I immediately started firing off texts to all my Ukiah contacts, using craftily impenetrable code phrases like “Have you seen Chris? Like in the last 20 minutes?” Get it? Chris, crystal, “20,” $20. Responses: “no”, “no,” “Chris who?” “He's supposed to come over later” “who dis?” “ “wheres my mf $ mf.” Great. I hoped I hadn't re­entered society during a dry spell. You might as well be back in jail if the alternative is walking around with nothing but your own naked, unadulterated self for company. Shudder.

Time to put in some footwork. I set out down Low Gap and then headed south on State. I stopped in at likely spots on Norton and Smith streets, cut down Perkins to Orchard to check a couple more, up Gobbi and down the tracks to the ass end of Cherry Street and back up to State. In every spot the same tragic story: nobody home or nothing happening. I paused at the corner and considered hoofing it up to Laws, but the vendors up there have a slightly different business model than elsewhere in the city. You may or may not come away with some product, but either way you're leaving without your money. I decided to file that notion under “last resort.”

Up to Washington, down Dora northward again, up and down Seminary and still nothing. My feet were starting hurt.

I headed over to Town Square to rest, regroup, and work the phone for a while. It was a nice day, at least, not that I really cared. You've heard of the Postman's Creed? Rain, snow, gloom of night, all that applesauce? Not only is it a clear misrepresentation of the actual facts, which are that a mailman is no more likely to suffer through adversity in furtherance of his appointed rounds than a Fuller Brush man (youngsters, consult the nearest geezer), which is to say not at all, but the USPS would do well to adopt the “seeking tweaker” as an emblem of their mission to deliver the goods on time and despite obstacles, if they really have one.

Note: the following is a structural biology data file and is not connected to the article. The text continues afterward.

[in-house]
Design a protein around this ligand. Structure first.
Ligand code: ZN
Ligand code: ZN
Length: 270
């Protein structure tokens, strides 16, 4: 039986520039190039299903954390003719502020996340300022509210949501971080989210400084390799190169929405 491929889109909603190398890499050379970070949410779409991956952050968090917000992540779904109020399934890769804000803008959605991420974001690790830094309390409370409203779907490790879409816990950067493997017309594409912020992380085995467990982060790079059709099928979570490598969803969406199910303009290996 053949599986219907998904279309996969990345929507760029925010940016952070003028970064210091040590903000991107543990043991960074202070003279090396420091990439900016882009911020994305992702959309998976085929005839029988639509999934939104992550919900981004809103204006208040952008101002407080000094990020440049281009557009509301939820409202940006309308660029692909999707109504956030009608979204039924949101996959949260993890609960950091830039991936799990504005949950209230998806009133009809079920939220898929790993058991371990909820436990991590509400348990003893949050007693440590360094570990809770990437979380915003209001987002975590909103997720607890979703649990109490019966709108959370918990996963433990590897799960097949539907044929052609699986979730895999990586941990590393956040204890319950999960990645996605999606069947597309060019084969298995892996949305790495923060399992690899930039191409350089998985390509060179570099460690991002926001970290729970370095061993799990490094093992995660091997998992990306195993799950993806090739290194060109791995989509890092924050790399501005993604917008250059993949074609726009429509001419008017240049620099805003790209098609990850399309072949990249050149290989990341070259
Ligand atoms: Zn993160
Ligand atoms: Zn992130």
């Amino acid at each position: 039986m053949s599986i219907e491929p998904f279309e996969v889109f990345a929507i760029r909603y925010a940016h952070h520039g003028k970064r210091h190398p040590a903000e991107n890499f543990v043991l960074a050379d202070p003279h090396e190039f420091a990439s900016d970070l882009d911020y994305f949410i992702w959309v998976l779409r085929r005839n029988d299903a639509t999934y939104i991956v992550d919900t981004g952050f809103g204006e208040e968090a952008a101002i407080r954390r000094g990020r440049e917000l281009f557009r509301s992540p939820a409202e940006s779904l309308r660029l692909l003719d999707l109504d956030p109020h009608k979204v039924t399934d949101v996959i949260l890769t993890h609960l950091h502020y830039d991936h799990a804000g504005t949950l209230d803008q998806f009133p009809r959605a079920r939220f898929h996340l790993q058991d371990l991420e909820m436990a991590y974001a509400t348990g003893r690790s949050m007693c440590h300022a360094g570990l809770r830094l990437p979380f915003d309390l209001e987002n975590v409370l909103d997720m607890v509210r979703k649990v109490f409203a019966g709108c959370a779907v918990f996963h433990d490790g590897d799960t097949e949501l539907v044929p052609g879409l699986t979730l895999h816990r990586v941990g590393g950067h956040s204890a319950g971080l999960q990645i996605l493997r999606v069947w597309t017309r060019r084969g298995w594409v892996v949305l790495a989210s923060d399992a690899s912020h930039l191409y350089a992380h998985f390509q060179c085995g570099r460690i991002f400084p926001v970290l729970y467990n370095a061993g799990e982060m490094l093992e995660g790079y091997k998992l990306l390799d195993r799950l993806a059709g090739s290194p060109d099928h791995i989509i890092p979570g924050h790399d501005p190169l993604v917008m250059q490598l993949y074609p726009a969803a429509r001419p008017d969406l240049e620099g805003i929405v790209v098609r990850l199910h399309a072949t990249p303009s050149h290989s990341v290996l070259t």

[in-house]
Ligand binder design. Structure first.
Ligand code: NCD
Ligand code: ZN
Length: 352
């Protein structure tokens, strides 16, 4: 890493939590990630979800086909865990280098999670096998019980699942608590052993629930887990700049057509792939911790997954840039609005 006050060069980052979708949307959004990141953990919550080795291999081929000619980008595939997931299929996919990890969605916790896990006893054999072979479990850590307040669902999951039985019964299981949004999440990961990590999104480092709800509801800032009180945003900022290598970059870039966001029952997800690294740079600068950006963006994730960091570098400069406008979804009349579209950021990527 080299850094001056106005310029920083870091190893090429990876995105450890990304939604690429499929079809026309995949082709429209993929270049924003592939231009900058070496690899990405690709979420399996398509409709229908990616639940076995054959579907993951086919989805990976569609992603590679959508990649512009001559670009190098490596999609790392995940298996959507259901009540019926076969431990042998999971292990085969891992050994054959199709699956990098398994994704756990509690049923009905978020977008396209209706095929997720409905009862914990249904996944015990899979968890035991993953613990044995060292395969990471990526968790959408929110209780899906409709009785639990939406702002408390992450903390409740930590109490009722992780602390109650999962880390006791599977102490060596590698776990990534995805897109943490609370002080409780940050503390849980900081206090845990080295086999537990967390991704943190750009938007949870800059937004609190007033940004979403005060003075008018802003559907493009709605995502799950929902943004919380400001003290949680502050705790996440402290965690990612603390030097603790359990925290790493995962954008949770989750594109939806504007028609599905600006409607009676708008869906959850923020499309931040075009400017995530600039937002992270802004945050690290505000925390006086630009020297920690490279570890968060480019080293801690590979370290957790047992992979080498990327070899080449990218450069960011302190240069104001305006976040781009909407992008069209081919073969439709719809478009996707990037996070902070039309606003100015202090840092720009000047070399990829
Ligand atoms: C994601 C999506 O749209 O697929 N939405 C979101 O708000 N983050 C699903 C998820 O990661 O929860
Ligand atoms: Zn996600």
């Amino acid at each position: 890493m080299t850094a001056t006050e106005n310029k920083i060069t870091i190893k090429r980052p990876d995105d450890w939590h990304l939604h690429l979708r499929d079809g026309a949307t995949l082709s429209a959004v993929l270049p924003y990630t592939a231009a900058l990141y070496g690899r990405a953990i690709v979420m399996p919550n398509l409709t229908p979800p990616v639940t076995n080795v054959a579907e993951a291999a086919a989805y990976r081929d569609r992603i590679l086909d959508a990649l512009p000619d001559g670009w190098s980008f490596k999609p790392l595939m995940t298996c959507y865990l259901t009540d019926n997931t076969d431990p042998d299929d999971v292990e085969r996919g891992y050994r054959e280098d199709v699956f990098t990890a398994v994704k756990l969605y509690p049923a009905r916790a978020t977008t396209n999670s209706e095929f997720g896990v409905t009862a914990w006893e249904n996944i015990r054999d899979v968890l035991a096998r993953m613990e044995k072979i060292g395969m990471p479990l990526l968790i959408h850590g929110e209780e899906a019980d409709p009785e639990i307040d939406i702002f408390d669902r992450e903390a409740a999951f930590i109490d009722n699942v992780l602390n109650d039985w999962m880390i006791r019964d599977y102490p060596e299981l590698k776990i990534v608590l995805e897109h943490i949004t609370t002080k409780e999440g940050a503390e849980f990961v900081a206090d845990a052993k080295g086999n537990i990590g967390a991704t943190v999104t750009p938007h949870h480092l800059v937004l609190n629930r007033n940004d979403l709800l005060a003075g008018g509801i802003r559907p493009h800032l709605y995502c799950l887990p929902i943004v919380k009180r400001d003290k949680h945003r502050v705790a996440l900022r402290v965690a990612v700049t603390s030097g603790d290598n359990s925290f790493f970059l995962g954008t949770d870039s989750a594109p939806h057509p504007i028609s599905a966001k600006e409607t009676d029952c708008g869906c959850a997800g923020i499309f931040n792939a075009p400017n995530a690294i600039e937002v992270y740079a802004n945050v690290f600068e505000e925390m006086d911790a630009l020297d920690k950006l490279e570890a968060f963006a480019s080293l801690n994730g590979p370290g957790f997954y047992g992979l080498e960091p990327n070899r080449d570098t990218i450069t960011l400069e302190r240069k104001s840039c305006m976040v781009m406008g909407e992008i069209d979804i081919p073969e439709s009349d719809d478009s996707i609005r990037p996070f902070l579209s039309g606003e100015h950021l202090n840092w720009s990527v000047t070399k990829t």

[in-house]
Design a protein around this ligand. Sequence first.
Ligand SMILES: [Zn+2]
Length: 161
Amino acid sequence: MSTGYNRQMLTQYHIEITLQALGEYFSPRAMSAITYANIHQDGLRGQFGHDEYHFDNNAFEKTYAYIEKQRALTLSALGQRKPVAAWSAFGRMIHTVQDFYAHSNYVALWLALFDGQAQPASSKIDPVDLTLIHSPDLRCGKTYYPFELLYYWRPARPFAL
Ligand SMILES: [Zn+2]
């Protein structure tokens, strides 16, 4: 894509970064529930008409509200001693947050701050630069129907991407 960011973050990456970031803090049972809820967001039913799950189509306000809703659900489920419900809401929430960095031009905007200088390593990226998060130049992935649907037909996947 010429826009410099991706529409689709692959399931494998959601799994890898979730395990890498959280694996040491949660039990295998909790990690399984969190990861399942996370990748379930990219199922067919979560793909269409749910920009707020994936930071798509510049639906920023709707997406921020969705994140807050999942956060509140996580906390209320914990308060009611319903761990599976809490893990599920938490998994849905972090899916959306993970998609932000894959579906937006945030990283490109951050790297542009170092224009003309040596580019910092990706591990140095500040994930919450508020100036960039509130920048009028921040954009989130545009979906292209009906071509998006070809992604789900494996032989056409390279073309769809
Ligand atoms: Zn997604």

Had you told me on, say, the day in question that there was a quantity of excellent and inexpensive prod available at the other end of an Ironman course through which I'd have to travel, completing the bicycle portion on an iron-wheeled penny-farthing, the swim through sewage containment ponds, and the run wearing fireman's boots, I would either end up one spun-out, stinky, blistered mofo or they'd be shoveling up my wasted corpse somewhere around mid-course. In sum, there is nothing this side of death that can possibly deter a resolute tweaker from his appointed rounds, and certainly not weather at whatever extreme.

After a short period of weather-enjoying and texting furiously, I picked up on my side-scan radar a human presence and saw to my left and looking studiously nonchalant, a slightly skeevy young gentleman. Not definitively so, but something of a wobbler in that he could be a citizen having an off week, or a brushed-up denizen of the depths. Deciding the issue, he sidled up next to me and said, after kind of stagily cutting his eyes to and fro, “You lookin'?”

It was all I could do to keep from leaping up on this wonderful stranger and licking his face like a Labrador retriever, but I in time remembered my commitment to be more circumspect in these matters. “Looking for what, exactly?” I said, suspiciously.